*The Museum of Extraordinary Things, Alice Hoffman: I was a bit disappointed by this one, mainly because I thought it would be like The Night Circus and it wasn’t. The Museum of Extraordinary Things is a sideshow of ‘natural wonders’ (or freaks) in Coney Island. It follows the daughter of the leading showman, as she becomes a mermaid for the show, and a photographer, who takes to New York’s underworld and records everything that goes on there. It was fine, but not extraordinary, as the name would have you hope. And, to be honest, I don’t remember much about it which I always think says a lot.

*The Bridget Jones Omnibus, Helen Fielding: I’m twenty years late to this bandwagon, but better late than never. Who doesn’t love Bridget Jones? I have seen the films a million times, but the books are far better and much, much funnier. I sat on my sun lounger giggling away at this, reading out the best bits until I annoyed everyone. If you haven’t read Bridget, read it. And go see the new film while you’re at it.

*Ctrl, Alt; Delete: How I Grew Up Online, Emma Gannon: This memoir is for all of us who grew up putting on cheap make-up just for webcam chatting, sharing the ‘luv’ on Bebo and having enormous fights over MSN. And making complete fools of ourselves while we were at it. Emma Gannon’s honest and completely hilarious stories from her time growing up online are so recognisable and relevant to all us nineties and early noughties babies. And after all of the horribly cringey moments, her insights into the role of the internet and social media today are really interesting and so well put. I don’t often read memoirs, but this is definitely one to add to your reading list.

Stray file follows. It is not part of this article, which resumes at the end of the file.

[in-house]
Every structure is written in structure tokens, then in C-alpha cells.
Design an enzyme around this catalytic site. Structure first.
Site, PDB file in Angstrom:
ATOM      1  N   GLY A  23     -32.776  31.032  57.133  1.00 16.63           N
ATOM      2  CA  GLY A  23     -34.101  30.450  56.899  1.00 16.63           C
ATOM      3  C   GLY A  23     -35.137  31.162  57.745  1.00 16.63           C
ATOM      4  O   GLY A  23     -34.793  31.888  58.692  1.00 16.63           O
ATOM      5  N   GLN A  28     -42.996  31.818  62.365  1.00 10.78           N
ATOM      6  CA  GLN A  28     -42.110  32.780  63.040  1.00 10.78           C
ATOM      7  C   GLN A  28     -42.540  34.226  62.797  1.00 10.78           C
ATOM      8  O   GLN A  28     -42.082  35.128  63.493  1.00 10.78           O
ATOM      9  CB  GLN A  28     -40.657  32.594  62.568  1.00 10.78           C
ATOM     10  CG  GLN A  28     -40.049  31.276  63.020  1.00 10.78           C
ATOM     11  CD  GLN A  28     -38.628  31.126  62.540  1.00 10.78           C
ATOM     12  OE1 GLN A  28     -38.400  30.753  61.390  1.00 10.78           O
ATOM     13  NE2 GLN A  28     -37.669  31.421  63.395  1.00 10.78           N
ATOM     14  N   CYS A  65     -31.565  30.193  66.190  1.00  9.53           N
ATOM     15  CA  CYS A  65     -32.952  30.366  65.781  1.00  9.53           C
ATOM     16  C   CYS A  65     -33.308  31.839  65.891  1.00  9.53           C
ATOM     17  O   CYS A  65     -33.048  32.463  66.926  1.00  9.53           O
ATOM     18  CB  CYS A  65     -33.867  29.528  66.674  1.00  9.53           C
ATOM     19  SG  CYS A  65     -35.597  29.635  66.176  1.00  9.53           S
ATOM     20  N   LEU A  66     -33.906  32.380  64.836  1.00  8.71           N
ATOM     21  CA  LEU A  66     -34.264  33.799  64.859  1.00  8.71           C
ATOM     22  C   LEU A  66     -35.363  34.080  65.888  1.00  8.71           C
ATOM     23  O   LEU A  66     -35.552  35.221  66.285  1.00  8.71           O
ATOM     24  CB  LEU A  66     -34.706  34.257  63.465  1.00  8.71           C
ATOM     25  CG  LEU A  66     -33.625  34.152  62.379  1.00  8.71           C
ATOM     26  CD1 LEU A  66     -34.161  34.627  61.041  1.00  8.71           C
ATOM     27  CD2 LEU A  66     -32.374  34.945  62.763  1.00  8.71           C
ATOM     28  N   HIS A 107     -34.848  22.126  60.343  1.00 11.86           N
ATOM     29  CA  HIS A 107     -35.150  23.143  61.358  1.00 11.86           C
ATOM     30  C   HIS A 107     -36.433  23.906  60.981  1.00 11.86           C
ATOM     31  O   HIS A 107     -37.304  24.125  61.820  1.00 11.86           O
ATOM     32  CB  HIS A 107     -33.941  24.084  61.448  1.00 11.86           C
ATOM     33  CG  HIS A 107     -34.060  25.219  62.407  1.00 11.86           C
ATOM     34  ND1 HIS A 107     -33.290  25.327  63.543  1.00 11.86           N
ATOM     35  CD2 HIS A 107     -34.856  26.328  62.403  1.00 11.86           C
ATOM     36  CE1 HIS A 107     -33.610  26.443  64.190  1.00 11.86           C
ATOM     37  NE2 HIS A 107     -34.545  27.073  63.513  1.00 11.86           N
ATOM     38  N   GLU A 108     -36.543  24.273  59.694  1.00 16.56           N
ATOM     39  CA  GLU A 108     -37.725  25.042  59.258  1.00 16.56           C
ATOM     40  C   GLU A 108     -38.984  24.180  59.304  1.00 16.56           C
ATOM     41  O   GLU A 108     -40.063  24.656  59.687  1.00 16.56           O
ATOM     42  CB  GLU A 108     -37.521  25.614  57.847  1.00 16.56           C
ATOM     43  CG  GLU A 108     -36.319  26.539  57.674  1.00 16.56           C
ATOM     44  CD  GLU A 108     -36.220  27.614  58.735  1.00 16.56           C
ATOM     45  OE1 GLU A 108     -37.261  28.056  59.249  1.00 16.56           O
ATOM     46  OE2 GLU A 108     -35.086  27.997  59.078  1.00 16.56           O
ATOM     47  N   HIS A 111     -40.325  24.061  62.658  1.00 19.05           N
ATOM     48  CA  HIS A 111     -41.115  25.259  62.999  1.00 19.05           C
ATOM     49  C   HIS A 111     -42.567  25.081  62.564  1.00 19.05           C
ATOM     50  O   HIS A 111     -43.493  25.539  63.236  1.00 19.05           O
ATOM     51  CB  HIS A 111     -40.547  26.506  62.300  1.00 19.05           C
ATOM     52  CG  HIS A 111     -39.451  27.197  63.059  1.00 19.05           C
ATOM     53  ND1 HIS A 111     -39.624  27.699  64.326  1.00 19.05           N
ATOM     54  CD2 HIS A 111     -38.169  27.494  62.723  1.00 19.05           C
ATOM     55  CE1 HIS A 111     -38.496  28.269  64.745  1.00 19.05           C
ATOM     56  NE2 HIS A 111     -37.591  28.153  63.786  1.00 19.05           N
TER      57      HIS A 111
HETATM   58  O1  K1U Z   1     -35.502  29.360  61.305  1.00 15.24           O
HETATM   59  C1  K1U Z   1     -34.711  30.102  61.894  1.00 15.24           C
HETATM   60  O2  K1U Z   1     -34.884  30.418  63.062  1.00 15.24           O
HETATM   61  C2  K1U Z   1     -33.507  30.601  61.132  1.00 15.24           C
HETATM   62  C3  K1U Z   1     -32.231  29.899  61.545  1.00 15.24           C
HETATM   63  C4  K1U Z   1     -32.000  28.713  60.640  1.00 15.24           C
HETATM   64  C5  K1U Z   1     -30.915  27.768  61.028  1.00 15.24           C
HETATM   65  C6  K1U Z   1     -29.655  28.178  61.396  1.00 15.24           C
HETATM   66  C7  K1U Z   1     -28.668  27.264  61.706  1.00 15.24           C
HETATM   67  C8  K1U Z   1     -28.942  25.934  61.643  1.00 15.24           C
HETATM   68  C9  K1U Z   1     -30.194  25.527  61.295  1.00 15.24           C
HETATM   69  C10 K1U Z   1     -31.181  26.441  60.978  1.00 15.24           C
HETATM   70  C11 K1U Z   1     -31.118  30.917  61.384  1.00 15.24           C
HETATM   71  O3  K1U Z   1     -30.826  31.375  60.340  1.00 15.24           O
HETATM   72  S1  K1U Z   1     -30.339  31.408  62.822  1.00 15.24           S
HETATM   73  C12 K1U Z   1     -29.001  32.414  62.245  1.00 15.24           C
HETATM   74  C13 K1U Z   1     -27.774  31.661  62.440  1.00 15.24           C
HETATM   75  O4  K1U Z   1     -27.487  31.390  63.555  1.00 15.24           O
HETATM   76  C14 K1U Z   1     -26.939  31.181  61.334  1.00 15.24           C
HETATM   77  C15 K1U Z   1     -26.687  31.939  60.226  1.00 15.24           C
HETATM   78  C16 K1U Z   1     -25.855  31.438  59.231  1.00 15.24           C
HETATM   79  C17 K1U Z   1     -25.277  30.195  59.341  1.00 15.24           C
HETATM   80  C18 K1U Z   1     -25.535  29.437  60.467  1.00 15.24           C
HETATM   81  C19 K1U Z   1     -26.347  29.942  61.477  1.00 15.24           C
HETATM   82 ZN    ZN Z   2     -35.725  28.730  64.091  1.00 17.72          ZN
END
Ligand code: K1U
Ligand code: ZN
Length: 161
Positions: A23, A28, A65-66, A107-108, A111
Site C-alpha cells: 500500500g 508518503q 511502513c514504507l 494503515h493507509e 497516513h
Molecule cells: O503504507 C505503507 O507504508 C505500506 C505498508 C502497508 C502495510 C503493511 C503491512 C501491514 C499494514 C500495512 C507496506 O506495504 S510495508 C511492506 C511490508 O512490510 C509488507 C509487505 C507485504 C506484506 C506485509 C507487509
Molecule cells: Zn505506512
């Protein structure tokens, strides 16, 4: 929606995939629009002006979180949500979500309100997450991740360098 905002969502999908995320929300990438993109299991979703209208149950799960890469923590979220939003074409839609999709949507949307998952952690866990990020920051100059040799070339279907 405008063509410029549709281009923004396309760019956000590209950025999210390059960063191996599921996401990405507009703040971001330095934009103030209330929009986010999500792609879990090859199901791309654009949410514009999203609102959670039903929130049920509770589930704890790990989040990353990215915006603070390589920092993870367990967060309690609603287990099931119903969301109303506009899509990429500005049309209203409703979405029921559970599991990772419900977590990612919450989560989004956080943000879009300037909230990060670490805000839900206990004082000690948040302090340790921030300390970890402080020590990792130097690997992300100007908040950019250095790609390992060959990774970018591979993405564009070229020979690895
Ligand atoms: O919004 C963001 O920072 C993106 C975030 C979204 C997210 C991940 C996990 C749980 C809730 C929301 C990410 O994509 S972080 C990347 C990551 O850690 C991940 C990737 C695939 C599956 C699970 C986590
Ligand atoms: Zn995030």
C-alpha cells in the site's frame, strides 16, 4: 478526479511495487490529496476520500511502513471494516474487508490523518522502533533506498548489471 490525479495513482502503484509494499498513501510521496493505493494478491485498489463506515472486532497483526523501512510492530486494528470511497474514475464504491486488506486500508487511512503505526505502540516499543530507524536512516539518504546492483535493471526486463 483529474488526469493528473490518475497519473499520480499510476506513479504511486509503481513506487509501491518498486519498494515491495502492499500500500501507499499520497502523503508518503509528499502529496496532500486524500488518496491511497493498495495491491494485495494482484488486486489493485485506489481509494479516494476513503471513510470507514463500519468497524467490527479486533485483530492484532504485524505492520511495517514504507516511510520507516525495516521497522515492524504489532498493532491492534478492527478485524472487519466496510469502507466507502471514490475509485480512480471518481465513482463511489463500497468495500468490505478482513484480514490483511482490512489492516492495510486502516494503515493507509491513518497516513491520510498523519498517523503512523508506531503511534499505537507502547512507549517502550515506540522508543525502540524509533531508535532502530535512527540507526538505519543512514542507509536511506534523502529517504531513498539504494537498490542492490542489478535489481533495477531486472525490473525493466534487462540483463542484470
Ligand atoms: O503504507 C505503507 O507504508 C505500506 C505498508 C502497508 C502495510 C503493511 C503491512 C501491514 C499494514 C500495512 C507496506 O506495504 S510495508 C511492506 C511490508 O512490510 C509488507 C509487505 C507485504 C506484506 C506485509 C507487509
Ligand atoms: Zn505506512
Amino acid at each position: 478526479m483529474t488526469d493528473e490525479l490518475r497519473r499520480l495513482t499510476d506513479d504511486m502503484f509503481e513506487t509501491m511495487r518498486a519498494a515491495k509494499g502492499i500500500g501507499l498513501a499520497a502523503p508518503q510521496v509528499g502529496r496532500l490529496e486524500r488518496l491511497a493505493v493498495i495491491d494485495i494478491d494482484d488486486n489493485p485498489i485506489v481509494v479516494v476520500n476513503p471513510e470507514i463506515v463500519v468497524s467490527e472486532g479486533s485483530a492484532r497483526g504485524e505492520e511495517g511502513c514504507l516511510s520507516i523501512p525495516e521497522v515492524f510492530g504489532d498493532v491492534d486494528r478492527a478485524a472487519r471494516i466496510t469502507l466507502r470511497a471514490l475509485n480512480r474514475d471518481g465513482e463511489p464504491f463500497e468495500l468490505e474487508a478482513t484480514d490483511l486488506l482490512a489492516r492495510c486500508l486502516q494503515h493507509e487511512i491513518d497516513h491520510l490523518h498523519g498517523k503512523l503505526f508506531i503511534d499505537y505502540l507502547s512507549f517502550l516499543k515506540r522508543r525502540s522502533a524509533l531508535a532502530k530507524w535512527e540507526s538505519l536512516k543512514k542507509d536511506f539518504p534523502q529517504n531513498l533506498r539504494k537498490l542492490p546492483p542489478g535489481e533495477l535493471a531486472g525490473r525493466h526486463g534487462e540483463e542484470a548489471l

A March Reading List

Supposedly spring is on its way. As far as I’m concerned, it’s still freaking freezing outside. There may be daffodils and even some lambs about, but they are hardly basking in the spring sunshine. So I’m continuing my winter hibernation and, if you are too, these are the books I suggest you occupy yourself with…

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*For something a little special: When God Was a Rabbit, Sarah Winman. I’ve just finished Sarah Winman’s new book, A Year of Marvellous Ways, and to be honest I didn’t love it. The prose is completely beautiful, to the point of being poetic, but the story was lost in the words and I didn’t feel anything for the characters. Happily though, I was reminded of how much I loved her debut – When God Was a Rabbit. Set in two halves with the protagonist Elly as first a child, and then an adult, it follows the lives and loves of her, her brother and their family and friends. The story is  beautifully told and completely captivating, Elly’s voice will stay with you long after you turn the final page.

*For a slice of history: A Dangerous Inheritance, Alison Weir. Anyone searching for historical fiction will be directed straight to Philippa Gregory, author of The Other Boleyn Girl and The White Queen. I love Philippa Gregory, but after devouring her entire Cousin’s War series, I was left wanting more – which lead me to Alison Weir. A Dangerous Inheritance follows both Lady Katherine Grey, rival to Queen Elizabeth I’s throne, and Kate Plantagent, bastard daughter of Richard III, who are linked by history’s most famous murder mystery, the Princes in the Tower. It’s a completely absorbing story and you just might find yourself learning something along the way.

*For a bit of excitement: The Bones of You, Debbie Howells. I have just finished this new(ish) psychological thriller and I’m still reeling. Set in an idyllic village, The Bones of You is told from the point of view of Kate, a local mother, as she comes to know the Anderson family following the disappearance of their eldest daughter. Debbie Howells creates and tears apart her characters in a complex story of twisted minds and destructive relationships set against a beautiful landscape. The cleverness of the story and her characters is what makes it such a thrilling read, rather than constant action. But, believe me, there’s still plenty of fast-paced action to keep you on the edge of your seat until the very end.